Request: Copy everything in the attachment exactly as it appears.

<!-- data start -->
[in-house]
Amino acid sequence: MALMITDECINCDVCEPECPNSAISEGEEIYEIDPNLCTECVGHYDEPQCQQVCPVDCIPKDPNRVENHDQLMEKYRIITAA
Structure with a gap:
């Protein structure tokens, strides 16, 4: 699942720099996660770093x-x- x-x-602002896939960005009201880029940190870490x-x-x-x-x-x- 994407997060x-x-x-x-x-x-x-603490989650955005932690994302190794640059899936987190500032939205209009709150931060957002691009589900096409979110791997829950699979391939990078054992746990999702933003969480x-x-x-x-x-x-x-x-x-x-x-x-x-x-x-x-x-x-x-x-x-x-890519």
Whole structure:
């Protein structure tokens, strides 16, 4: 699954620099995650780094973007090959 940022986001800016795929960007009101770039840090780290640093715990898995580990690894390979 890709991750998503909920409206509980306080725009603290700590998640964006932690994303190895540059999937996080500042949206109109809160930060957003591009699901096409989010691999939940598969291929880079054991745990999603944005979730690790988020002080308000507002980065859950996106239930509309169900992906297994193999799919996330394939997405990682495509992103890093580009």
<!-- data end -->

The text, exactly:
[in-house]
Amino acid sequence: MALMITDECINCDVCEPECPNSAISEGEEIYEIDPNLCTECVGHYDEPQCQQVCPVDCIPKDPNRVENHDQLMEKYRIITAA
Structure with a gap:
């Protein structure tokens, strides 16, 4: 699942720099996660770093x-x- x-x-602002896939960005009201880029940190870490x-x-x-x-x-x- 994407997060x-x-x-x-x-x-x-603490989650955005932690994302190794640059899936987190500032939205209009709150931060957002691009589900096409979110791997829950699979391939990078054992746990999702933003969480x-x-x-x-x-x-x-x-x-x-x-x-x-x-x-x-x-x-x-x-x-x-890519």
Whole structure:
């Protein structure tokens, strides 16, 4: 699954620099995650780094973007090959 940022986001800016795929960007009101770039840090780290640093715990898995580990690894390979 890709991750998503909920409206509980306080725009603290700590998640964006932690994303190895540059999937996080500042949206109109809160930060957003591009699901096409989010691999939940598969291929880079054991745990999603944005979730690790988020002080308000507002980065859950996106239930509309169900992906297994193999799919996330394939997405990682495509992103890093580009």